More on the strange lack of DX lenses (not just primes, which is my concern), from Nikon-watcher Thom Hogan, who he puts it better than i could ever have done. Here is a quote-
But look at that big gap in DX: no wide angle prime. Why is m4/3 catering to that group when DX isn’t? Because of size. A m4/3 body (especially the latest E-PM1 or GF3) with a prime wide is a small little devil, and quite capable. Of course, a D5100 with a 16mm f/2.8 would be a pretty small package, too. But apparently Nikon wants to concede the “small package” market to the mirrorless companies. Note this: Nikon has had 12 years to come up with one wide angle DX prime. The m4/3 makers have come up with two in two years.
A more likely explanation is that Nikon thinks that their upcoming mirrorless “solves” the small package problem and will hold off all those m4/3, NEX, NX, and whatever comes next bodies. If so, that logic is severely flawed, and again because of the lens issue: Nikon isn’t likely to have nearly enough lenses on launch to satisfy the market. Meanwhile, the m4/3 consortium seems well on the way to replicate the basic lens set enthusiasts want covered. Three well chosen primes and a couple of high-end zooms will finish their task. So where does that leave the serious DX user? Well, they move to m4/3 or FX, I guess. Nikon is one good m4/3 sensor away from having DX suddenly look like a bad choice.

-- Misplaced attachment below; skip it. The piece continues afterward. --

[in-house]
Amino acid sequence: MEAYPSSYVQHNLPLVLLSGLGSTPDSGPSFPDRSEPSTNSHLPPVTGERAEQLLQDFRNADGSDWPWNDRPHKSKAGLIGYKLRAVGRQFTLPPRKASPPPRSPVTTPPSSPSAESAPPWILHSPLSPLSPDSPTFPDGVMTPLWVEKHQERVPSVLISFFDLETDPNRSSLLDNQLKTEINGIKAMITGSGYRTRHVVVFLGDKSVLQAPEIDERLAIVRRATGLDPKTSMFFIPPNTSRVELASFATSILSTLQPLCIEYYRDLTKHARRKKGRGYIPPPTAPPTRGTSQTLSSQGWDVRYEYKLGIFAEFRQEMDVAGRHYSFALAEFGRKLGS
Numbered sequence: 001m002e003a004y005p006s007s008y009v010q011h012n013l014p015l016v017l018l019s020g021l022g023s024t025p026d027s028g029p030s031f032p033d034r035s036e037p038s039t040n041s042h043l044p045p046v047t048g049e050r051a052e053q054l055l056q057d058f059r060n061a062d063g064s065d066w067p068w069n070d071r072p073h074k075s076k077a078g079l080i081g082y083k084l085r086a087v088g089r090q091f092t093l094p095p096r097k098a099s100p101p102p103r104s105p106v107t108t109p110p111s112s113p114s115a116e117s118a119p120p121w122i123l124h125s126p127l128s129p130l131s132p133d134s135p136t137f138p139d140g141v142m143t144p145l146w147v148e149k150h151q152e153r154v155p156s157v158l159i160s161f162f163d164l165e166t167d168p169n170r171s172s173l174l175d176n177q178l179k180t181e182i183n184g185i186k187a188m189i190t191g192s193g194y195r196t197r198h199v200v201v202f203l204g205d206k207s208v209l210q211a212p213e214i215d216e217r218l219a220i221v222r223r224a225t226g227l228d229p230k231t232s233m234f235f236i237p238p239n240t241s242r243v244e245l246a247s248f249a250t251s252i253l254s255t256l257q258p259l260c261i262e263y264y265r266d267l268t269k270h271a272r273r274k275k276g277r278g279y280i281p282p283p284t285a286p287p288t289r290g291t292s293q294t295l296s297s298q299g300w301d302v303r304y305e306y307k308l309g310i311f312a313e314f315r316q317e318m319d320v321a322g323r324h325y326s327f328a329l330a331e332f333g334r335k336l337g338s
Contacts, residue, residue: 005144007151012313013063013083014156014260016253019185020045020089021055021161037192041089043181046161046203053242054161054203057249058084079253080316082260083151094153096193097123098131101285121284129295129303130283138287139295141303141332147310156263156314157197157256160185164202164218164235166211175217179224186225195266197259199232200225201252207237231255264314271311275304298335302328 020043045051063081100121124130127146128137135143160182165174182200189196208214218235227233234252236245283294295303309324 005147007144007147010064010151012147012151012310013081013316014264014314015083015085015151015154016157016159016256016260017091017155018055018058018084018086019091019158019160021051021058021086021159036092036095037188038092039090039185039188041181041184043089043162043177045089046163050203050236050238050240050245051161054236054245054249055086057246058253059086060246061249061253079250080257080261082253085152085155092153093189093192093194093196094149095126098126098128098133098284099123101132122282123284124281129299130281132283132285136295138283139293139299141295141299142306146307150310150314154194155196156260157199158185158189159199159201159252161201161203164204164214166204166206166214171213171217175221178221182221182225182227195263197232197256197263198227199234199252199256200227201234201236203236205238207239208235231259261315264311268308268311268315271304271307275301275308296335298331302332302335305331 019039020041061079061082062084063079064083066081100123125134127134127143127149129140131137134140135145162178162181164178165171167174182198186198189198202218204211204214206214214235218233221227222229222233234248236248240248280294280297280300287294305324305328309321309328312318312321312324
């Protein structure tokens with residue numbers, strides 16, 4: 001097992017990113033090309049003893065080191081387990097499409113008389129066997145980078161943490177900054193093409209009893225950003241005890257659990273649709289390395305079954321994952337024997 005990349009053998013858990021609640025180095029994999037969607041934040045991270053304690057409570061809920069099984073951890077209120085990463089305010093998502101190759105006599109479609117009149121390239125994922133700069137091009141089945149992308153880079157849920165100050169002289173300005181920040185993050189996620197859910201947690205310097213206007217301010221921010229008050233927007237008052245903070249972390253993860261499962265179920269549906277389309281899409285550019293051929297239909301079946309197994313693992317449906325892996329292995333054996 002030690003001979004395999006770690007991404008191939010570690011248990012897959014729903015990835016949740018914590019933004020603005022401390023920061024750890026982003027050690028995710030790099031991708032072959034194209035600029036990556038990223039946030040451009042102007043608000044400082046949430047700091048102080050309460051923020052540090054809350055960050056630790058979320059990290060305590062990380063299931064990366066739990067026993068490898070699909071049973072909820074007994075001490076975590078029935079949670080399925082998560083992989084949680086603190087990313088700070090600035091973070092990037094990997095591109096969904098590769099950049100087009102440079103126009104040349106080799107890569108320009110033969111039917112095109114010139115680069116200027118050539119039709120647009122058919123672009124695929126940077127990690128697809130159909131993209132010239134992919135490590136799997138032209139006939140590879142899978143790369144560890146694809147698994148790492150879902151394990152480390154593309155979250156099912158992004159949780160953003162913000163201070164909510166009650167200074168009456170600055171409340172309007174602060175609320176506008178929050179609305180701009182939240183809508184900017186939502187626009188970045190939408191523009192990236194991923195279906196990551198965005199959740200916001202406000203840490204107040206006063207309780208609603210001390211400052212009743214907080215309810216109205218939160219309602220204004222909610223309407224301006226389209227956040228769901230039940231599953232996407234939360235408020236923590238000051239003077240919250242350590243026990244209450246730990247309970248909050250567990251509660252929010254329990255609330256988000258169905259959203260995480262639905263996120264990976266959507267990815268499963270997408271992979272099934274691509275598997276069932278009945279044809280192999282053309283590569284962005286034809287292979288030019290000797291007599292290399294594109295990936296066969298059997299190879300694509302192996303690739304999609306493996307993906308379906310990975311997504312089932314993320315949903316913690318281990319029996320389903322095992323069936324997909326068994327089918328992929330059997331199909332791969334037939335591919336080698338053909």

Two-thirds of Nikon’s business is cameras and lenses. Unfortunately, they are now in a really tough place. They need to sell 20+ million cameras and lenses this year just to stay in place. The 40mm Micro-Nikkor, at the low price it’s being offered at, will sell a nice chunk of units, I have no doubt. But to what end? Nikon’s brand reputation is built on high-quality, high-performance, pro and prosumer products. It’s the serious shooter and enthusiast that has made their brand reputation. If some of those customers start feeling like they’re not being catered to, they’ll migrate to other mounts. What happens when you don’t have any serious shooters telling their friends about how great Nikon is but instead how much they love their Panny, or Oly, or Sony, or heaven forbid, Samsung?